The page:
Homerik: Taking Extreme Indie to New Heights

Homerik -jpg.comCan a  symphonic black metal band prove that a genre known for favoring themes of doom and evil be something multifaceted and uniquely appealing? The group Homerik answers that question by reaching beyond typical metal proportions. The progressive New York-based trio has created a larger-than-life sound that draws upon a number of influences: among them, Norse mythology, ancient Egypt, the band Deicide, Two Steps from Hell and many others.

The Songs

Homerik resides in a place of epic darkness and high-resolution uploads, which can be orchestrally grand and often poetically surreal. The group’s compositions, which are cleanly mixed and recorded, suggest professional production music, normally associated with high-end film scores, movie trailers and other visual media. Rest assured, Homerik never loses sight of the metal. A prime example is “Unforgotten Kin,” where the vocal work invokes a devilish choir from limbo, which sounds like Hades, perhaps chanting to Beelzebub himself. The drumming is extreme, the guitar edgy and the mood firmly hellish.

Another Homerik original, “A Song of the Night: Part 1,” about a girl’s frightening dreams of abuse and neglect, isHomerik -jpg.com complex and classically inspired, complete with strings and alto and soprano harmonies. At 3:19 into the cut, beauty becomes a beast when the piano melody turns into heavy guitar Homerik -jpg.comwork which takes hold alongside crushing root notes and related fifths; enter the adult voice. “Curse of the Black Nile,” as the title explains, is suitably wrapped in an exotic fantasy of myth and music.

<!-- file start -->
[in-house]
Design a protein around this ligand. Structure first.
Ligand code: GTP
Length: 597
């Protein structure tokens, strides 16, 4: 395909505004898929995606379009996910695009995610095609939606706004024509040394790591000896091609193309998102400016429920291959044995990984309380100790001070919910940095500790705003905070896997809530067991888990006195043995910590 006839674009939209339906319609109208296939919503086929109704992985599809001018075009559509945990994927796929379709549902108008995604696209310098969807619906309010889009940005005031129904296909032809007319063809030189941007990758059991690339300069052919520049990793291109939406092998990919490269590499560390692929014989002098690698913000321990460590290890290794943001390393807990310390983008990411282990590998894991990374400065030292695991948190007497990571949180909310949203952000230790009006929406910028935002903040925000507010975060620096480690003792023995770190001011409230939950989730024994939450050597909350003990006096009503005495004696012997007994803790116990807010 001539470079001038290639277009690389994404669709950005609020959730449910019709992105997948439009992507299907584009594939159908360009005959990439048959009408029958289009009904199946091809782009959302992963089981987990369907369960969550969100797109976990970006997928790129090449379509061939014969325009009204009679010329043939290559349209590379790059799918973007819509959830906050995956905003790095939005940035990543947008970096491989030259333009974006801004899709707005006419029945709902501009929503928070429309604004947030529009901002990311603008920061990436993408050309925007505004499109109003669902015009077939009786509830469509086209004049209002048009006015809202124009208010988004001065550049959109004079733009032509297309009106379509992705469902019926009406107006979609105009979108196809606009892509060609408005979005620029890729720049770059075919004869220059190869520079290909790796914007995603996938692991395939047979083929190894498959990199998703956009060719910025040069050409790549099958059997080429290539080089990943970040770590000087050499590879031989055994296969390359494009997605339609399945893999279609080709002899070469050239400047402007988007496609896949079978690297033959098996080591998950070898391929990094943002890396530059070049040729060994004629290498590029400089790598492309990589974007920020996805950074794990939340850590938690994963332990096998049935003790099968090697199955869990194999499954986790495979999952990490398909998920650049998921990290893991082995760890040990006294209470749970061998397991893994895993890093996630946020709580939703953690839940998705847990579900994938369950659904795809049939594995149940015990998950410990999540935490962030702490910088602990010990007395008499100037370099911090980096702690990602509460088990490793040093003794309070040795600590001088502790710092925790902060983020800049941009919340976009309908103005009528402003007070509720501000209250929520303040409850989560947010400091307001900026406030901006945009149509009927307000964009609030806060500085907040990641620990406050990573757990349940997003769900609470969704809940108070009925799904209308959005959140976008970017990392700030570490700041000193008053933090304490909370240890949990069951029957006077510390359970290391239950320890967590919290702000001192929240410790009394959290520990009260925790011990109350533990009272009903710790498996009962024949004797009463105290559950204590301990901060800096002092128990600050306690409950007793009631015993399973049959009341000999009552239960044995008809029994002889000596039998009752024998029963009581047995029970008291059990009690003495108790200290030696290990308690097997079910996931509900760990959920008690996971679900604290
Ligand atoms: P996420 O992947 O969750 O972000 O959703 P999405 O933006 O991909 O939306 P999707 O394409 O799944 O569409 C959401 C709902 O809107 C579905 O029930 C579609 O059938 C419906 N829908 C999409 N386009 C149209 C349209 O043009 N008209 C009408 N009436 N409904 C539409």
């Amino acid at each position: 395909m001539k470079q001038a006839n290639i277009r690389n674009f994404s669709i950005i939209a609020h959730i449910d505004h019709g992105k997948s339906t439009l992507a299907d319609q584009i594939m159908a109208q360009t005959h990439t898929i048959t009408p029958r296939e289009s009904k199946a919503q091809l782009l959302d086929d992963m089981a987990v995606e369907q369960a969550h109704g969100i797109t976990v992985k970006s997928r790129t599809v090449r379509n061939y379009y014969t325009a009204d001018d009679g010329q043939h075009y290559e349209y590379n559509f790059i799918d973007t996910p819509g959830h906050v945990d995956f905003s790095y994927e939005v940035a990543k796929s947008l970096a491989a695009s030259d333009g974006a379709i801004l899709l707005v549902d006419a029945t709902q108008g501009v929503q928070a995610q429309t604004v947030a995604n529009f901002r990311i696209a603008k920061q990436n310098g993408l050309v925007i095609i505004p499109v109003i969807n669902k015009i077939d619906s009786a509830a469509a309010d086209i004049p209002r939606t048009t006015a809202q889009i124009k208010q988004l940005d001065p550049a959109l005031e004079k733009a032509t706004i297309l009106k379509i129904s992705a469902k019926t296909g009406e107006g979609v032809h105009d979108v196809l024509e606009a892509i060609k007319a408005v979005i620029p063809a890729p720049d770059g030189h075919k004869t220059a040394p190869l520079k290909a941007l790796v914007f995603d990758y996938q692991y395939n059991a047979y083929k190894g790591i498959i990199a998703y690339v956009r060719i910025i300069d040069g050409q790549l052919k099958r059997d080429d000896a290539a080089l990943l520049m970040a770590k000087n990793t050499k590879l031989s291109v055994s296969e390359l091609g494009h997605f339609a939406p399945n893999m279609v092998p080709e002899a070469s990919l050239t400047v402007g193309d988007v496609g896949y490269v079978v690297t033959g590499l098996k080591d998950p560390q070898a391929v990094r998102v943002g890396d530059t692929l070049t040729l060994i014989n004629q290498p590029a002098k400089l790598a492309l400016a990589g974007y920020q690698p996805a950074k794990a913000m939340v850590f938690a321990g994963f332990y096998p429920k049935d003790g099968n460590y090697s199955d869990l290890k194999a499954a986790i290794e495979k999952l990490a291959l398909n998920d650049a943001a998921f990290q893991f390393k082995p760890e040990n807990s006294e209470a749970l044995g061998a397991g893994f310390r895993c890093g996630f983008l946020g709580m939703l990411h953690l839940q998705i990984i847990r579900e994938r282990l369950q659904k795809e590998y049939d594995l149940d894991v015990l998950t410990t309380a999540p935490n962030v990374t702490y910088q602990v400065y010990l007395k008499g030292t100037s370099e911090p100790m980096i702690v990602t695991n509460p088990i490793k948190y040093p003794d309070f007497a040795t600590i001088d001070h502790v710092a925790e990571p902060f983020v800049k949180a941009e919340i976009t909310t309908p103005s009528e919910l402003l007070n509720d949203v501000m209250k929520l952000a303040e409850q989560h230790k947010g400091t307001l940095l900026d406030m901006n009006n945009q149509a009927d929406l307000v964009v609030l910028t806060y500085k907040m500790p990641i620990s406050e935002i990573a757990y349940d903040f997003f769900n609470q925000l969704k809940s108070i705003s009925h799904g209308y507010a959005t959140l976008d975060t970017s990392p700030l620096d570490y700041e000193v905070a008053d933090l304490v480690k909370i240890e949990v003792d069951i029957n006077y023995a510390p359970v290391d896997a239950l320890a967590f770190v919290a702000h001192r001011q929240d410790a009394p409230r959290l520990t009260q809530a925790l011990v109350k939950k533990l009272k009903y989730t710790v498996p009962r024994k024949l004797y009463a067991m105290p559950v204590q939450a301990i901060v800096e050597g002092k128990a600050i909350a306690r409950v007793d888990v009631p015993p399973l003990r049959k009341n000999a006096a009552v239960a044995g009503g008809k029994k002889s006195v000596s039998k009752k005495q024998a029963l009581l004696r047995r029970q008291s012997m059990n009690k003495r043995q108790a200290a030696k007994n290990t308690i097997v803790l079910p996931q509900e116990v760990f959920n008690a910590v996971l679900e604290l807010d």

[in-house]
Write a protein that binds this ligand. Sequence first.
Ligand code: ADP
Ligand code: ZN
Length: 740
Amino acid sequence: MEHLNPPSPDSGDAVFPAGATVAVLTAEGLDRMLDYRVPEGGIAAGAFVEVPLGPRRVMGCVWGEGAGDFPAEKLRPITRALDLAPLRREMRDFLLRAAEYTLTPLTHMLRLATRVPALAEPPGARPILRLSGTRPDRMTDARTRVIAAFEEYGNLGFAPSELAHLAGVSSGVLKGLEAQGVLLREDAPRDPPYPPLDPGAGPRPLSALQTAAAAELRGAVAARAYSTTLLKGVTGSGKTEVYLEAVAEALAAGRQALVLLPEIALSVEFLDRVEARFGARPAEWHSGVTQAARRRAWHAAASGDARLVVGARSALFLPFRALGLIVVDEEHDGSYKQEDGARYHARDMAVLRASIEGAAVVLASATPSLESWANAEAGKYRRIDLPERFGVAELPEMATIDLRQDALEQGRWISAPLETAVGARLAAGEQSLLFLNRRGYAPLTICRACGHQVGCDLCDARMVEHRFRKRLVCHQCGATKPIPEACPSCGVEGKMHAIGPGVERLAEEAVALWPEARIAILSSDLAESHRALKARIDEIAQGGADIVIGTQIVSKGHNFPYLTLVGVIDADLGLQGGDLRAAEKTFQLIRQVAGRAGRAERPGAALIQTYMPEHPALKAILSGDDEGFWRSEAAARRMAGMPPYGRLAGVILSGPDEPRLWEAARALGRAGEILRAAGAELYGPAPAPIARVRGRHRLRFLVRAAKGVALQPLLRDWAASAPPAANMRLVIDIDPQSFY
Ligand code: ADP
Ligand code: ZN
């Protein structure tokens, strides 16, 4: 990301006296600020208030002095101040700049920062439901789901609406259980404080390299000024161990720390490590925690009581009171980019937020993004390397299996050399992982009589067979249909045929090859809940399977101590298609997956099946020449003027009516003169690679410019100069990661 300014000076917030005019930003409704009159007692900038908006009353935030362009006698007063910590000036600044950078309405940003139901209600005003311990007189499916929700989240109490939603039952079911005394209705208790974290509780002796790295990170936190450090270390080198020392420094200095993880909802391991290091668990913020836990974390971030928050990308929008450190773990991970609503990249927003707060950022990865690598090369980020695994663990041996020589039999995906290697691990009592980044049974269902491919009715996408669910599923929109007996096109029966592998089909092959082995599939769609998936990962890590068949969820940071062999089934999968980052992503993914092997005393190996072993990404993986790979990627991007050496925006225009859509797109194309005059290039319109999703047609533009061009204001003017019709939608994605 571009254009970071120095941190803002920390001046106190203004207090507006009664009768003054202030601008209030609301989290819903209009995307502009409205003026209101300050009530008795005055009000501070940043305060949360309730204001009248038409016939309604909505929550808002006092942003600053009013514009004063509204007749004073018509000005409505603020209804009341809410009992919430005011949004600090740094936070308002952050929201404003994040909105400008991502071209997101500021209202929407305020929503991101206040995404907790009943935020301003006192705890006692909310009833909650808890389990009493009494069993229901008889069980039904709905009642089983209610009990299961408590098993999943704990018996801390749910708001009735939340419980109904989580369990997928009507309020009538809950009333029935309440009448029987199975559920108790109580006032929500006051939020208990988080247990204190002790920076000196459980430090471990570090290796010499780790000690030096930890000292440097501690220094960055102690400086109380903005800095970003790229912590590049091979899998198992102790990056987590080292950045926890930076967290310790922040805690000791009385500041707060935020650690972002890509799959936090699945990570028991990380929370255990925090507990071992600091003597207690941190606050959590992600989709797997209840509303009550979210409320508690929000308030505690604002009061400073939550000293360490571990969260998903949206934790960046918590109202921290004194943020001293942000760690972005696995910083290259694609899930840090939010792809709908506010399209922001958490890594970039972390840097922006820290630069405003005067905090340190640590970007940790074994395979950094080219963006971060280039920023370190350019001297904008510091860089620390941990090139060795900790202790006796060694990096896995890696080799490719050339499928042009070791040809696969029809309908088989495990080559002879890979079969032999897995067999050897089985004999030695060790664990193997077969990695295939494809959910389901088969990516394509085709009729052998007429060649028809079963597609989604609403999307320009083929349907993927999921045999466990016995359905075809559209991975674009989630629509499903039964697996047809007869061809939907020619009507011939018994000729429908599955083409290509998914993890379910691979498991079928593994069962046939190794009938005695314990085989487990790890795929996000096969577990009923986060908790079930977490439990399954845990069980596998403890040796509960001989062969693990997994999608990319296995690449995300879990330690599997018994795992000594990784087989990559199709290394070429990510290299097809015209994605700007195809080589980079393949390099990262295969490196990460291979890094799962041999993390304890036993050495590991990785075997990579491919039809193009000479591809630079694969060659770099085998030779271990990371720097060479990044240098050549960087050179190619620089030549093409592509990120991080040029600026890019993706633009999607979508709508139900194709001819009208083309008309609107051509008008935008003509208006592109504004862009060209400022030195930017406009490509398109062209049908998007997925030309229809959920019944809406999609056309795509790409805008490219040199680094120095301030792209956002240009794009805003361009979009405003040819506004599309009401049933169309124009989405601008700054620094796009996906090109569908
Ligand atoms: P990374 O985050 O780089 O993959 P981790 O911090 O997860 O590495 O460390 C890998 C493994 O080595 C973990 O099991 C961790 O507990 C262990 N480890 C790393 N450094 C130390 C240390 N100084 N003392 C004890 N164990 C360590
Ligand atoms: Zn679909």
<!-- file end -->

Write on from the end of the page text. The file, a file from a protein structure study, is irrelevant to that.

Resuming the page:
Art, songwriting and literature play an essential role in Homerik’s creative process. Check out the spoken 1:07 “Scary Metal Poetry: William Shakespeare,” on YouTube. There are other interesting tracks worth exploring, as well.

In The Group

Homerik is Obed Rene Gonzalez-Matos – lyricist, vocals; Kenneth Bryan Candelas – lead composer, lyricist,Homerik -jpg.com vocalist, drummer, recording and mixing engineer; and Andrew Michael Petriske – lead lyricist and vocalist.

Other vocalists heard on the recording include Carla Candelas and Nilsa Astacio – “A Song of the Night: Part 1”; and Anita Hilaly – “Curse of the Black Nile.”

The band points out on its website that the music is a result of “a major collaborative effort by friends and colleagues in and around New York City.” As a concept project, illustrated art work by Anton Rosovsky accompanies each Homerik song.

homerik.org

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